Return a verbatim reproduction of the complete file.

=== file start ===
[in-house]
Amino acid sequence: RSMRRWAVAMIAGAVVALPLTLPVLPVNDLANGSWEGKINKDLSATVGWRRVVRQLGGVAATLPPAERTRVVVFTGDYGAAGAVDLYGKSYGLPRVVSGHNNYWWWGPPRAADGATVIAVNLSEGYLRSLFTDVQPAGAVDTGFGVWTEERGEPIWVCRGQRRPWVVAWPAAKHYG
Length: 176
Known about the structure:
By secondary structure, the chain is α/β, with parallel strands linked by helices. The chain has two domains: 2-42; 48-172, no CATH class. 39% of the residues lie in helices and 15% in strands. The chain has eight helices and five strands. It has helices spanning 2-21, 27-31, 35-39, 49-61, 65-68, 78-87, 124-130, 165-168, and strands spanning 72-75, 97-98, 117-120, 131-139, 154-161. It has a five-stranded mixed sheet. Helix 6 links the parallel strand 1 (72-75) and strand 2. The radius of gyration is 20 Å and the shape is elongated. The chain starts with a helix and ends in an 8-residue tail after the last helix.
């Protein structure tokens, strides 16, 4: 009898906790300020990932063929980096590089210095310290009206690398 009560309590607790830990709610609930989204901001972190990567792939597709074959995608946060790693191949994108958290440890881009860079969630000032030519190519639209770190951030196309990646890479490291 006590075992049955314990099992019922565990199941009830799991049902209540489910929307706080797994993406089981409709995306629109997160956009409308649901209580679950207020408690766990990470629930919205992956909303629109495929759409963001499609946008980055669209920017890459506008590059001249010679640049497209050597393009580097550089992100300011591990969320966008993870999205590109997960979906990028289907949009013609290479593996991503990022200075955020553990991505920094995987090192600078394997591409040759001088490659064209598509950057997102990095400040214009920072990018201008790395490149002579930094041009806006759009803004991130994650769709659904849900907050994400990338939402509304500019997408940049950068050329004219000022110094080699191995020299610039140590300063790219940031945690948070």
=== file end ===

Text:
[in-house]
Amino acid sequence: RSMRRWAVAMIAGAVVALPLTLPVLPVNDLANGSWEGKINKDLSATVGWRRVVRQLGGVAATLPPAERTRVVVFTGDYGAAGAVDLYGKSYGLPRVVSGHNNYWWWGPPRAADGATVIAVNLSEGYLRSLFTDVQPAGAVDTGFGVWTEERGEPIWVCRGQRRPWVVAWPAAKHYG
Length: 176
Known about the structure:
By secondary structure, the chain is α/β, with parallel strands linked by helices. The chain has two domains: 2-42; 48-172, no CATH class. 39% of the residues lie in helices and 15% in strands. The chain has eight helices and five strands. It has helices spanning 2-21, 27-31, 35-39, 49-61, 65-68, 78-87, 124-130, 165-168, and strands spanning 72-75, 97-98, 117-120, 131-139, 154-161. It has a five-stranded mixed sheet. Helix 6 links the parallel strand 1 (72-75) and strand 2. The radius of gyration is 20 Å and the shape is elongated. The chain starts with a helix and ends in an 8-residue tail after the last helix.
């Protein structure tokens, strides 16, 4: 009898906790300020990932063929980096590089210095310290009206690398 009560309590607790830990709610609930989204901001972190990567792939597709074959995608946060790693191949994108958290440890881009860079969630000032030519190519639209770190951030196309990646890479490291 006590075992049955314990099992019922565990199941009830799991049902209540489910929307706080797994993406089981409709995306629109997160956009409308649901209580679950207020408690766990990470629930919205992956909303629109495929759409963001499609946008980055669209920017890459506008590059001249010679640049497209050597393009580097550089992100300011591990969320966008993870999205590109997960979906990028289907949009013609290479593996991503990022200075955020553990991505920094995987090192600078394997591409040759001088490659064209598509950057997102990095400040214009920072990018201008790395490149002579930094041009806006759009803004991130994650769709659904849900907050994400990338939402509304500019997408940049950068050329004219000022110094080699191995020299610039140590300063790219940031945690948070």